Tom Nousaine, 1945 - 2014

Remembering One of the Most Controversial Audio Writers of All Time

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Tom Nousaine

A reader called today to chat about my CEA-2010 Subwoofer Output Measurement Manual (yep, readers actually call me on Sundays to talk about things like subwoofer measurement) and gave me the sad news that Tom Nousaine, an audio writer and engineer well-known for his writings in such publications as Audio, Stereo Review, Sound & Vision, The $ensible $ound and The Audio Critic, passed away a few days ago at the rather young age of 69.

I admired many things about Tom. In my opinion, he was one of the pathetically tiny number of audio writers with the drive and passion to take on big, ambitious projects, such as blind testing of speakers and subwoofers, and building his own "ultimate" subwoofer with eight 15-inch drivers. He was one of the few willing to espouse highly unpopular opinions, such as his belief that audio electronics make little difference in the sound of a system, and that cables make none at all. Among journalists, he was one of the most experienced and innovative practitioners of speaker measurements. He owned a small fortune in measurement gear, all paid for out of his own pocket, not provided by the magazines he worked for. (So he told me, at least.)

Most important, he was the first journalist, in my opinion, to do meaningful and competent measurements of subwoofers, because he was, absolutely, the first to realize that the output of a subwoofer is at least as important, and probably more so, than its frequency response.

He was also the first audio journalist, to my knowledge, to recognize the importance of using multiple subwoofers to smooth out the effects of room acoustics.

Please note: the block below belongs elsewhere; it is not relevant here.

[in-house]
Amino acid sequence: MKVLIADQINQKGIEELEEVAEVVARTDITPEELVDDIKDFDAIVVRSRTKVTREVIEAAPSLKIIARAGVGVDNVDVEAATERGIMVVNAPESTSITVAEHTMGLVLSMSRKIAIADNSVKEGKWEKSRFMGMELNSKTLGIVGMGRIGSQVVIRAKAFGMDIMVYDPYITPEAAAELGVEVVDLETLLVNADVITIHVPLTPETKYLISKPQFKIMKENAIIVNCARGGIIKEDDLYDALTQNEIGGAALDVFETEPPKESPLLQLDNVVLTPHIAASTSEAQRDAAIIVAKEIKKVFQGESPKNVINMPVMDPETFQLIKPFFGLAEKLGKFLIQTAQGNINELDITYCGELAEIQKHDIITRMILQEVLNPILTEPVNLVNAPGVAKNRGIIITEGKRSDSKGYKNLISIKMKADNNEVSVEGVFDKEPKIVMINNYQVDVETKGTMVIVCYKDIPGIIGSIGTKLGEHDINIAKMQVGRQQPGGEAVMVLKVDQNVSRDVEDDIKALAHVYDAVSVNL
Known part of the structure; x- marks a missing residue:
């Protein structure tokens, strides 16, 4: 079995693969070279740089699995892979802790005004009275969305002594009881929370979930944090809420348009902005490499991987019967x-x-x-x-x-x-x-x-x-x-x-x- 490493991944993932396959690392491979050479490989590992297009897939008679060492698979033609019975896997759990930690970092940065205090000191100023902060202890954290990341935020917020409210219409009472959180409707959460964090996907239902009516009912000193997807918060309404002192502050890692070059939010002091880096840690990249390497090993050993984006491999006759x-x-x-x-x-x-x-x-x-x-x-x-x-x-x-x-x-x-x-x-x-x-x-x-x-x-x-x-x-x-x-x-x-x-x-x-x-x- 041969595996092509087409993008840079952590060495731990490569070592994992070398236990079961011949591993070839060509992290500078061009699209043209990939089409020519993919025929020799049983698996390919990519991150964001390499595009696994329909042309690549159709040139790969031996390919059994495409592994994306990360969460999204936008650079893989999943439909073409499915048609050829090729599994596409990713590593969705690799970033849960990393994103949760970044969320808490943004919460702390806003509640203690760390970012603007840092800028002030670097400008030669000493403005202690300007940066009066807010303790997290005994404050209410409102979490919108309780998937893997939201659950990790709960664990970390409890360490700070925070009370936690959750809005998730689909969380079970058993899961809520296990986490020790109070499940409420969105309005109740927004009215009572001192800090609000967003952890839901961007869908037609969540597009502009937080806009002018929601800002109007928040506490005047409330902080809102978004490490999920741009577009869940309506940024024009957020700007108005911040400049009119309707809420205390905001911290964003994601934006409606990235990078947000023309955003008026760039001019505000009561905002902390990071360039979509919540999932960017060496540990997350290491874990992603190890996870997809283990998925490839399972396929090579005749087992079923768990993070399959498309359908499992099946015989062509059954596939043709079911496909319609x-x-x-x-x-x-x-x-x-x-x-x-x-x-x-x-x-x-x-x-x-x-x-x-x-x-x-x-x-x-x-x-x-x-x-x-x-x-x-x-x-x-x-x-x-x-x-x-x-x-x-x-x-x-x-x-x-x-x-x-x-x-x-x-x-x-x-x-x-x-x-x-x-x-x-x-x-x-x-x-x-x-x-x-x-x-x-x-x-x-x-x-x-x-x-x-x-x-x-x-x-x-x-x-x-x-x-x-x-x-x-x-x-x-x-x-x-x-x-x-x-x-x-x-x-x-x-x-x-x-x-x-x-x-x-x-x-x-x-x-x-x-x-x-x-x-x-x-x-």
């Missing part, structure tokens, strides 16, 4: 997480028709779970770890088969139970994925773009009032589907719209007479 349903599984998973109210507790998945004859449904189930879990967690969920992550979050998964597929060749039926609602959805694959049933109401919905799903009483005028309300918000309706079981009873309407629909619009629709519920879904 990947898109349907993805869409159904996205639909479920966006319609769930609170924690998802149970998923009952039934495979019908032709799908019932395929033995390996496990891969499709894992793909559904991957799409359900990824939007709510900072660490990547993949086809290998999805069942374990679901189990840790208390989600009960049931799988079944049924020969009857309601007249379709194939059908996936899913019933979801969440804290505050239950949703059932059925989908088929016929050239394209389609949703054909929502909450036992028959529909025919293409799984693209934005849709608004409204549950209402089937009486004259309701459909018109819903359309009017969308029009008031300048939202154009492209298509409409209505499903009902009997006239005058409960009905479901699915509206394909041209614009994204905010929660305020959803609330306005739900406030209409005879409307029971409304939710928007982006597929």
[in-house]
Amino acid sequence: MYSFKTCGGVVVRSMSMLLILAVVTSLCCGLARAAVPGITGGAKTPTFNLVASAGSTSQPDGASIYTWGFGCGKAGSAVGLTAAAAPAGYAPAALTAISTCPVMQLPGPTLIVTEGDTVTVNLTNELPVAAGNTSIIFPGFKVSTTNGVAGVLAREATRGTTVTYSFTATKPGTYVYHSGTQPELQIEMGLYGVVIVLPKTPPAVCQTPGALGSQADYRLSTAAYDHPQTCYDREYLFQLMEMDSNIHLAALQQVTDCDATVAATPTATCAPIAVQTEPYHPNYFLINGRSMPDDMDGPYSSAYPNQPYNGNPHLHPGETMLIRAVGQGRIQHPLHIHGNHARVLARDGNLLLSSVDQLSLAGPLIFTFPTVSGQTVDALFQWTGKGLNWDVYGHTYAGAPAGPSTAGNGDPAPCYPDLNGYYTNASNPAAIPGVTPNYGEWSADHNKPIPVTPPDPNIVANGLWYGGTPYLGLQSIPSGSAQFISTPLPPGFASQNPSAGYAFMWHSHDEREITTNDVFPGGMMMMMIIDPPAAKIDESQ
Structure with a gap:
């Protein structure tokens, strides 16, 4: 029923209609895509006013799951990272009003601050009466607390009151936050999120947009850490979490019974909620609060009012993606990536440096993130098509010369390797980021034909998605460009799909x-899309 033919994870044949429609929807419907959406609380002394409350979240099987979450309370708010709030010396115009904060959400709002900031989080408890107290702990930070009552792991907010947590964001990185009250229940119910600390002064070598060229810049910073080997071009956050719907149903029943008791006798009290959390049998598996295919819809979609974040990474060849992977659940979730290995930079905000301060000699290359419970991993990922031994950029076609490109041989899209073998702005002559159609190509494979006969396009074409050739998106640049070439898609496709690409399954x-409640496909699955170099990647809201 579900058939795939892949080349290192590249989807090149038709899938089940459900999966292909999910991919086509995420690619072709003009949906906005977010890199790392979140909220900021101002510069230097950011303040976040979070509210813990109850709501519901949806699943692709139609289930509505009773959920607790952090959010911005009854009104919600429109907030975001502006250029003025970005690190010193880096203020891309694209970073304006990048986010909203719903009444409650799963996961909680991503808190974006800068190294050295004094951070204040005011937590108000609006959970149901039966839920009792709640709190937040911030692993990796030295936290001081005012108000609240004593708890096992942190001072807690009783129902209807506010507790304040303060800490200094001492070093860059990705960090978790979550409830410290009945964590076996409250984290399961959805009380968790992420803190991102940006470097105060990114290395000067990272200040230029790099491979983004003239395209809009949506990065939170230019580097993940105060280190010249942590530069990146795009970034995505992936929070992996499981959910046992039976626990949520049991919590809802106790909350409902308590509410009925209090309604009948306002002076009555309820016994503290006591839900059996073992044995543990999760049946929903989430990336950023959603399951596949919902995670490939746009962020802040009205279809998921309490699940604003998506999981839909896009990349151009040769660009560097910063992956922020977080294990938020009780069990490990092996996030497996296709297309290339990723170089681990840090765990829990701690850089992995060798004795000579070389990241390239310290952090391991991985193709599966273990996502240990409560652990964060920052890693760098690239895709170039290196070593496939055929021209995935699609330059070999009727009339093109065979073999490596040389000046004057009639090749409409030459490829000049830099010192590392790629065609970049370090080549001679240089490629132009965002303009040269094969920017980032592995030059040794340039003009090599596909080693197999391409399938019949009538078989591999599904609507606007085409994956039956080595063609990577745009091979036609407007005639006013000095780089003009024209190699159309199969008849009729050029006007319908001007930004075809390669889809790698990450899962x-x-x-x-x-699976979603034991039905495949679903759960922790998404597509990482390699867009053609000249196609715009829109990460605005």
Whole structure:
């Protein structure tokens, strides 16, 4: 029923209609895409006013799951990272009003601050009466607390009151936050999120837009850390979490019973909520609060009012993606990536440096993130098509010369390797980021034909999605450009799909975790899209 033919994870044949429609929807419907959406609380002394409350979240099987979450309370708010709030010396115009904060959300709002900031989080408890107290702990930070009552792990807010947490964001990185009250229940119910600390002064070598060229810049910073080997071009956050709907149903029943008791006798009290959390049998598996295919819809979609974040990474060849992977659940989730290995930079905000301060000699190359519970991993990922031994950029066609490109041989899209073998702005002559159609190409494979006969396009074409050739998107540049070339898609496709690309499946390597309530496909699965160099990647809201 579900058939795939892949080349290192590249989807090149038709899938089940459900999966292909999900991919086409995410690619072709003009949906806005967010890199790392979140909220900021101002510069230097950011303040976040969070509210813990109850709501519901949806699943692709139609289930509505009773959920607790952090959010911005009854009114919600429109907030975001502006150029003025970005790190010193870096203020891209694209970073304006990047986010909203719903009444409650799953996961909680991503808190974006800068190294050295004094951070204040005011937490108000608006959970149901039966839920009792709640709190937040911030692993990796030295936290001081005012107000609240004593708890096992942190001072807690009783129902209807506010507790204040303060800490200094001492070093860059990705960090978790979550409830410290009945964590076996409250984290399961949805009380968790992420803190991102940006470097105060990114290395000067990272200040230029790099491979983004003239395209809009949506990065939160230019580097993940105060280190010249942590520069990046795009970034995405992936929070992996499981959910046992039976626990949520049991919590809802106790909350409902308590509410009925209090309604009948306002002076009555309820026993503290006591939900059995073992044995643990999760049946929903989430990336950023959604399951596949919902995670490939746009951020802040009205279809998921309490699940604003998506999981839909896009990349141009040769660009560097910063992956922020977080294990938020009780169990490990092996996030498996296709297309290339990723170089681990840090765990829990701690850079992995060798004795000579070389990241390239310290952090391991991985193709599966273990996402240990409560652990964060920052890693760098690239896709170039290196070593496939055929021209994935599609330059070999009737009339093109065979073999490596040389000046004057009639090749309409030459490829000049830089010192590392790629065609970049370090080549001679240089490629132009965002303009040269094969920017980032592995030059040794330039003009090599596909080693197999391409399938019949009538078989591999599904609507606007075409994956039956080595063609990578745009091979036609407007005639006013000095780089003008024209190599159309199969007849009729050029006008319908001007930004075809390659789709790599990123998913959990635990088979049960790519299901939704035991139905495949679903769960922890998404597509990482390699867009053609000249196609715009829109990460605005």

All that said, it was pretty clear that Tom considered me -- and many other audio writers -- to be an enemy. Tom took over speaker measurements at Stereo Review when the legendary Julian Hirsch retired, and continued in that role when Stereo Review morphed into Sound & Vision.

I succeeded Tom as S&V's speaker measurement guy when he left the magazine because he felt there were too many articles -- a few written by me -- that espoused a more audiophilesque, less scientific point of view than he preferred.

Home theater enthusiasts embraced Nousaine for his groundbreaking work on subwoofers, and his talent for explaining his methods and results in clear, friendly English.

But audiophiles -- i.e., enthusiasts of traditional, two-channel stereo systems -- vilified him, and not without reason. If you read through many of his old articles, it's easy to get the impression he had it in for them. It often seemed to me that whenever a prevailing idea about audio emerged in audiophile publications such as The Absolute Sound and Stereophile, Tom would concoct a blind listening test with the intent of disproving it. Audiophiles think speaker stands make a difference? Tom "proved them wrong." Audiophiles didn't like the original THX speakers? Tom "proved them wrong." I of course didn't read all his work, but I definitely never read a test he conducted that found audiophiles were right about anything.

I remember that after a writer in Stereophile called him a "weasel," The Audio Critic -- with his permission, I'm sure, and I expect with his encouragement as well -- made that his official nickname, in an obvious (and probably successful) attempt to annoy his nemeses.

Zealous as Tom was in his efforts to debunk audiophile beliefs, his contributions to the audio industry were more important than those of all but a few audio writers I can name. There aren't many audio writers these days with the guts to go against popularly held beliefs, or the drive to try to discover something new about audio rather than simply parroting shibboleths. Contentious as my relationship with Tom was, I'm sad he's gone and I wish there was someone to take his place.

The image above is one I got from his website. It's from the "ultimate subwoofer" article I mentioned above -- an awesome, graphic novel-style piece that originally ran in the then-new Sound & Vision in the late 1990s.

Although the cartoon image of the "audio mad scientist" bears only a loose resemblance to Tom, it captures his spirit, drive and ambition far better than any photo could.

BTW, Tom's family has asked that in lieu of flowers, donations in memory of Tom be made to the VFW National Home for Children.